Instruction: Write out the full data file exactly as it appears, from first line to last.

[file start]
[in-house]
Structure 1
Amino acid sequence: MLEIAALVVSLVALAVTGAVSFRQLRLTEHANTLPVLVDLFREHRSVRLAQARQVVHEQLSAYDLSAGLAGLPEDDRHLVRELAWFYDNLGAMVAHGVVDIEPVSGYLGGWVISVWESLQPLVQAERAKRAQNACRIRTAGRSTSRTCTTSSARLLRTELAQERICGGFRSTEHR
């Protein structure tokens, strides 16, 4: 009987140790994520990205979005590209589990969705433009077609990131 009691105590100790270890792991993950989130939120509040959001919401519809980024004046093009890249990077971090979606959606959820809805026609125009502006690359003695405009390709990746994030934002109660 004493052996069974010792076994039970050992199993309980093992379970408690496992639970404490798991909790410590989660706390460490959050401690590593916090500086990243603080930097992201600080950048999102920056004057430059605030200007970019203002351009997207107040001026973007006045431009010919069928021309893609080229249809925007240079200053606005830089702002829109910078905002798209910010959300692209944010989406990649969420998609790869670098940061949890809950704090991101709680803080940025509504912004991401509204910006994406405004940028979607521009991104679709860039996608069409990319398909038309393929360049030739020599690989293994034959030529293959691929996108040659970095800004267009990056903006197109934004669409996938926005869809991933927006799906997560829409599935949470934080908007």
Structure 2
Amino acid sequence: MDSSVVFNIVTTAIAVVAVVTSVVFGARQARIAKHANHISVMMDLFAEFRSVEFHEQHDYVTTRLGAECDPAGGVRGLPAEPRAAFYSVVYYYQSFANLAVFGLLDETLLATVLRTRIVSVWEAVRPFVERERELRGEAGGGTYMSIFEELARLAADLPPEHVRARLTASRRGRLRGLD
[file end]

[in-house]
Structure 1
Amino acid sequence: MLEIAALVVSLVALAVTGAVSFRQLRLTEHANTLPVLVDLFREHRSVRLAQARQVVHEQLSAYDLSAGLAGLPEDDRHLVRELAWFYDNLGAMVAHGVVDIEPVSGYLGGWVISVWESLQPLVQAERAKRAQNACRIRTAGRSTSRTCTTSSARLLRTELAQERICGGFRSTEHR
């Protein structure tokens, strides 16, 4: 009987140790994520990205979005590209589990969705433009077609990131 009691105590100790270890792991993950989130939120509040959001919401519809980024004046093009890249990077971090979606959606959820809805026609125009502006690359003695405009390709990746994030934002109660 004493052996069974010792076994039970050992199993309980093992379970408690496992639970404490798991909790410590989660706390460490959050401690590593916090500086990243603080930097992201600080950048999102920056004057430059605030200007970019203002351009997207107040001026973007006045431009010919069928021309893609080229249809925007240079200053606005830089702002829109910078905002798209910010959300692209944010989406990649969420998609790869670098940061949890809950704090991101709680803080940025509504912004991401509204910006994406405004940028979607521009991104679709860039996608069409990319398909038309393929360049030739020599690989293994034959030529293959691929996108040659970095800004267009990056903006197109934004669409996938926005869809991933927006799906997560829409599935949470934080908007």
Structure 2
Amino acid sequence: MDSSVVFNIVTTAIAVVAVVTSVVFGARQARIAKHANHISVMMDLFAEFRSVEFHEQHDYVTTRLGAECDPAGGVRGLPAEPRAAFYSVVYYYQSFANLAVFGLLDETLLATVLRTRIVSVWEAVRPFVERERELRGEAGGGTYMSIFEELARLAADLPPEHVRARLTASRRGRLRGLD